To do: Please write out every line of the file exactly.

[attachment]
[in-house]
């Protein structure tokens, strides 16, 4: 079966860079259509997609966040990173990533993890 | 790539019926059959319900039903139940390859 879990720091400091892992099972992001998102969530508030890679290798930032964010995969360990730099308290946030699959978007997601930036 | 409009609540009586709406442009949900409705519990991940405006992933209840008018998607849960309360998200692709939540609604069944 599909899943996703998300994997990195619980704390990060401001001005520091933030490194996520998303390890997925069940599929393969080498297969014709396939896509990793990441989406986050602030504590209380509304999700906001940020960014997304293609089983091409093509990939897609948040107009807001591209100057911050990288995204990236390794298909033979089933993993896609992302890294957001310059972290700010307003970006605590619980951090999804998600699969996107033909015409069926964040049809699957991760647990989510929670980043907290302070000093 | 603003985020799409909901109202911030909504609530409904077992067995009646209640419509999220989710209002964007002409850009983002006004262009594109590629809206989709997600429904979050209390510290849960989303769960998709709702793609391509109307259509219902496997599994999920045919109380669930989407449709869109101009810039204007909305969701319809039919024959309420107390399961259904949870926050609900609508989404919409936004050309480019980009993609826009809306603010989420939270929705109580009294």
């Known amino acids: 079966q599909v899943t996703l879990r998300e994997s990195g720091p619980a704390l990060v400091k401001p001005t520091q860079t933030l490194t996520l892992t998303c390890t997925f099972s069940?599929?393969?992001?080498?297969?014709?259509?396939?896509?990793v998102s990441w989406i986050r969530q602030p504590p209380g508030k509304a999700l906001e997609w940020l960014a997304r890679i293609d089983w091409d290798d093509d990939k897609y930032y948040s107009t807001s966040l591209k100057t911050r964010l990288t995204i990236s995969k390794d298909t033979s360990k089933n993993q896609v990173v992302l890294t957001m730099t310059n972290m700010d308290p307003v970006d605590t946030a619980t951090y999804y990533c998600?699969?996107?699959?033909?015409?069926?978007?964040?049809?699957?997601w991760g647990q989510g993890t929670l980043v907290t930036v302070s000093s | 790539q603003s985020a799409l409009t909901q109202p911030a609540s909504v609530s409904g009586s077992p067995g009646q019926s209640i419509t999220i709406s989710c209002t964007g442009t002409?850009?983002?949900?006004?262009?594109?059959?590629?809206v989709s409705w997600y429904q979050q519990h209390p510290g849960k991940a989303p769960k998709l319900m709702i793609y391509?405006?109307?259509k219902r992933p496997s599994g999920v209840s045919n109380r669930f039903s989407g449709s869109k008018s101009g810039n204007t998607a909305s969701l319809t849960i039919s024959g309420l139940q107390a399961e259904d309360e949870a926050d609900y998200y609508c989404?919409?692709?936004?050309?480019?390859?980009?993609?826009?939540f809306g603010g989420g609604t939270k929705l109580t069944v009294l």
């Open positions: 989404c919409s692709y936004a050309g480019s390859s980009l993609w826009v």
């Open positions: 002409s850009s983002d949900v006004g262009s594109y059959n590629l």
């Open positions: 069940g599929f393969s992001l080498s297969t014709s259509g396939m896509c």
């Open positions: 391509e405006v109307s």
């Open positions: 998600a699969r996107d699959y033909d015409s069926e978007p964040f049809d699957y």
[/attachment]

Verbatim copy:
[in-house]
């Protein structure tokens, strides 16, 4: 079966860079259509997609966040990173990533993890 | 790539019926059959319900039903139940390859 879990720091400091892992099972992001998102969530508030890679290798930032964010995969360990730099308290946030699959978007997601930036 | 409009609540009586709406442009949900409705519990991940405006992933209840008018998607849960309360998200692709939540609604069944 599909899943996703998300994997990195619980704390990060401001001005520091933030490194996520998303390890997925069940599929393969080498297969014709396939896509990793990441989406986050602030504590209380509304999700906001940020960014997304293609089983091409093509990939897609948040107009807001591209100057911050990288995204990236390794298909033979089933993993896609992302890294957001310059972290700010307003970006605590619980951090999804998600699969996107033909015409069926964040049809699957991760647990989510929670980043907290302070000093 | 603003985020799409909901109202911030909504609530409904077992067995009646209640419509999220989710209002964007002409850009983002006004262009594109590629809206989709997600429904979050209390510290849960989303769960998709709702793609391509109307259509219902496997599994999920045919109380669930989407449709869109101009810039204007909305969701319809039919024959309420107390399961259904949870926050609900609508989404919409936004050309480019980009993609826009809306603010989420939270929705109580009294």
């Known amino acids: 079966q599909v899943t996703l879990r998300e994997s990195g720091p619980a704390l990060v400091k401001p001005t520091q860079t933030l490194t996520l892992t998303c390890t997925f099972s069940?599929?393969?992001?080498?297969?014709?259509?396939?896509?990793v998102s990441w989406i986050r969530q602030p504590p209380g508030k509304a999700l906001e997609w940020l960014a997304r890679i293609d089983w091409d290798d093509d990939k897609y930032y948040s107009t807001s966040l591209k100057t911050r964010l990288t995204i990236s995969k390794d298909t033979s360990k089933n993993q896609v990173v992302l890294t957001m730099t310059n972290m700010d308290p307003v970006d605590t946030a619980t951090y999804y990533c998600?699969?996107?699959?033909?015409?069926?978007?964040?049809?699957?997601w991760g647990q989510g993890t929670l980043v907290t930036v302070s000093s | 790539q603003s985020a799409l409009t909901q109202p911030a609540s909504v609530s409904g009586s077992p067995g009646q019926s209640i419509t999220i709406s989710c209002t964007g442009t002409?850009?983002?949900?006004?262009?594109?059959?590629?809206v989709s409705w997600y429904q979050q519990h209390p510290g849960k991940a989303p769960k998709l319900m709702i793609y391509?405006?109307?259509k219902r992933p496997s599994g999920v209840s045919n109380r669930f039903s989407g449709s869109k008018s101009g810039n204007t998607a909305s969701l319809t849960i039919s024959g309420l139940q107390a399961e259904d309360e949870a926050d609900y998200y609508c989404?919409?692709?936004?050309?480019?390859?980009?993609?826009?939540f809306g603010g989420g609604t939270k929705l109580t069944v009294l």
């Open positions: 989404c919409s692709y936004a050309g480019s390859s980009l993609w826009v």
């Open positions: 002409s850009s983002d949900v006004g262009s594109y059959n590629l």
């Open positions: 069940g599929f393969s992001l080498s297969t014709s259509g396939m896509c």
């Open positions: 391509e405006v109307s």
């Open positions: 998600a699969r996107d699959y033909d015409s069926e978007p964040f049809d699957y």